TORONTO -- In a Toronto courtroom in September, Mayor Rob Ford will answer to conflict-of-interest allegations that could see him ousted from his position.
Superior Court Justice Charles T. Hackland, who normally sits in Ottawa, will hear the case in Toronto, lawyer Clayton Ruby said in a press release.
The case against Ford, launched by Ruby on behalf of resident Paul Magder, claims he violated the Municipal Conflict of Interest Act for voting to excuse himself from paying back donations to his football foundation.
It focuses on a Feb. 7 vote in which council debated $3,150 spent on the Rob Ford Football Foundation.
Ford allegedly obtained the funds improperly from company-connected lobbyists and companies, according to the city's integrity commissioner.
Madger's challenge alleges Ford violated the Municipal Conflict of Interest Act when he voted to overturn the commissioner's decision.
Back in 2010, Janet Leiper, the city's integrity commissioner, ruled the mayor had, as a councillor, improperly solicited and obtained donations for the foundation from registered lobbyists and one company that had dealings with the city.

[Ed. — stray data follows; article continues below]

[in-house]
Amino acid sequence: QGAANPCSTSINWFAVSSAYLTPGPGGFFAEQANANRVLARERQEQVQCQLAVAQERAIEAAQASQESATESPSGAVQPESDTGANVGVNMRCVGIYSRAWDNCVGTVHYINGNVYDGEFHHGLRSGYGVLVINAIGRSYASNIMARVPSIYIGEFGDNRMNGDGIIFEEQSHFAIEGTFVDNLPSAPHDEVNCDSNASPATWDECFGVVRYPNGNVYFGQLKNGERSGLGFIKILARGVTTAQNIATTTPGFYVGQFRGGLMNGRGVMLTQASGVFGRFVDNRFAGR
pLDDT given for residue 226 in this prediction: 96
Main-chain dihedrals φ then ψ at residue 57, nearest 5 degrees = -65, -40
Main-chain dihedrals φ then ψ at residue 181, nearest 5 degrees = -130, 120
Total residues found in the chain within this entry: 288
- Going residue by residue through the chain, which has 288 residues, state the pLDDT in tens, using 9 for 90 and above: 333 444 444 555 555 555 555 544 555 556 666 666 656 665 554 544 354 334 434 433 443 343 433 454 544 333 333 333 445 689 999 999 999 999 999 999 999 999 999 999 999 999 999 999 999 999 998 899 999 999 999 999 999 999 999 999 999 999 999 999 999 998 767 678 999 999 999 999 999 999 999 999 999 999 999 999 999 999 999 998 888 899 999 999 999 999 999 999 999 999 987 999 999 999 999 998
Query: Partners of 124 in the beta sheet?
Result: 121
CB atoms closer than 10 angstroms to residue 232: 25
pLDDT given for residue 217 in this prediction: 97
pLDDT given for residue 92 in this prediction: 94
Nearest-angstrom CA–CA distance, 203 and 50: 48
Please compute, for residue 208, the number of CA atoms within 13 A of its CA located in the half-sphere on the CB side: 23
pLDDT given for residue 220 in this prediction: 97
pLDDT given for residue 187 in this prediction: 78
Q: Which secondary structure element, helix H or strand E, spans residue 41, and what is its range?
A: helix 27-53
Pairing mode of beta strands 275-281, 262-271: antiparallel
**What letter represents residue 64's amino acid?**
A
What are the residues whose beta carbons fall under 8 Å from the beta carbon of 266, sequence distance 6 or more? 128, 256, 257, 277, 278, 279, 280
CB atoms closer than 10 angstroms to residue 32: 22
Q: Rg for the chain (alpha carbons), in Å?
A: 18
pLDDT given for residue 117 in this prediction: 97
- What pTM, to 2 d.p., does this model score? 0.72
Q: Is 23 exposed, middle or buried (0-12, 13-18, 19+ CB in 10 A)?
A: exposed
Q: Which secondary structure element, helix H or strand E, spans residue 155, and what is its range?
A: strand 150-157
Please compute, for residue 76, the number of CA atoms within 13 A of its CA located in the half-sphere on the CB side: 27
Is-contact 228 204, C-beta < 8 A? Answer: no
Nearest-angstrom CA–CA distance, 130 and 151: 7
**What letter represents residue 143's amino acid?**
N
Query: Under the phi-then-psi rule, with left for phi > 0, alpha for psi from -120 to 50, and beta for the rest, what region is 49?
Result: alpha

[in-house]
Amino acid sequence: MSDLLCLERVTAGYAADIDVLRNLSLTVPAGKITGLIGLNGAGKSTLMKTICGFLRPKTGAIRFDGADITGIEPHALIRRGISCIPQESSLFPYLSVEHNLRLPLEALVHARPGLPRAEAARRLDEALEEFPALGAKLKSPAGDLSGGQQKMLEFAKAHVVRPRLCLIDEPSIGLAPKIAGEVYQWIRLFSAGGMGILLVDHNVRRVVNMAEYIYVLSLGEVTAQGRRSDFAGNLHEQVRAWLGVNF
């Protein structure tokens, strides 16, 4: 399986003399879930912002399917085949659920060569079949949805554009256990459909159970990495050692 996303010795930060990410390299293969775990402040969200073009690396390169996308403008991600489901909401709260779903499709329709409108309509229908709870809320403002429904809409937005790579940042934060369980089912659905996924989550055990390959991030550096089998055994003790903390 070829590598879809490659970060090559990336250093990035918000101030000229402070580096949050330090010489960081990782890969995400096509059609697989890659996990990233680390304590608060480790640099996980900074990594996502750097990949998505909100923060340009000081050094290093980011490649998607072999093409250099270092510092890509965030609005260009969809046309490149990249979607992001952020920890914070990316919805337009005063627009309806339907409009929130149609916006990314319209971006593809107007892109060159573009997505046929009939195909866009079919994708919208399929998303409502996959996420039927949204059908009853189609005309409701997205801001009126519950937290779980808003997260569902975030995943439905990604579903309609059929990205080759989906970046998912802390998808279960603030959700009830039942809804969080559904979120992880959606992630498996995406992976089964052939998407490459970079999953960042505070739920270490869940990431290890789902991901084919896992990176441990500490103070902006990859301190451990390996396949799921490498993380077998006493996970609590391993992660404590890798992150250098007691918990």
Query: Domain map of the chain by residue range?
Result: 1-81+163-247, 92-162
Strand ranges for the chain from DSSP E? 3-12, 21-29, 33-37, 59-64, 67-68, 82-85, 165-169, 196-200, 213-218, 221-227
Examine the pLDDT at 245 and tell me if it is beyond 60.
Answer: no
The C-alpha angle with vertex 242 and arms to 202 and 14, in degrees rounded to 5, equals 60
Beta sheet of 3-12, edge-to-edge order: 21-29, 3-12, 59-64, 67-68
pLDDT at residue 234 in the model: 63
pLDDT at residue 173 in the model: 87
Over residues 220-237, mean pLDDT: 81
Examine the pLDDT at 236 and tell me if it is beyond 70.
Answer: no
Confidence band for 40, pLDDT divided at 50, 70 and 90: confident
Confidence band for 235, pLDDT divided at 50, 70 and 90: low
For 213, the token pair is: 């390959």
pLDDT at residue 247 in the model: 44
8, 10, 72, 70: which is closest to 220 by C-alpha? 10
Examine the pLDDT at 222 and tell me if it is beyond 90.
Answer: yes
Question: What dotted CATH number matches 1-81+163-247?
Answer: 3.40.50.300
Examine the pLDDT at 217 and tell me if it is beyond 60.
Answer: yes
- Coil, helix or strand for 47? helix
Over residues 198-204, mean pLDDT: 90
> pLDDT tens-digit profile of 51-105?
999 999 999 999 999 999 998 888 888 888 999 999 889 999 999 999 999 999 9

Council asked him to pay the money back.
Having not done so, Leiper was before council again in February asking that it demand proof of payment, prompting Ford to voice his concerns.
"To ask for me to pay it out of my own pocket personally, there's no sense to this. The money is gone, the money has been spent on football equipment. And that's how this foundation works, and I'm very proud of it," the mayor told council, before he and a majority of council voted to overturn the earlier decision.
"That's exactly what is not permitted," Ruby said at a press conference at city hall in March. "You can't as a city councillor speak to a motion, vote on a motion that benefits you personally."
Ruby says it's up to Ford to show he inadvertently contravened the act, or did so through an error in judgment, in order to avoid the mandatory penalty: vacating his seat.
Ruby is also asking a judge to ban Ford from running for office for seven years, a sanction that is at the court's discretion.
-- Postmedia News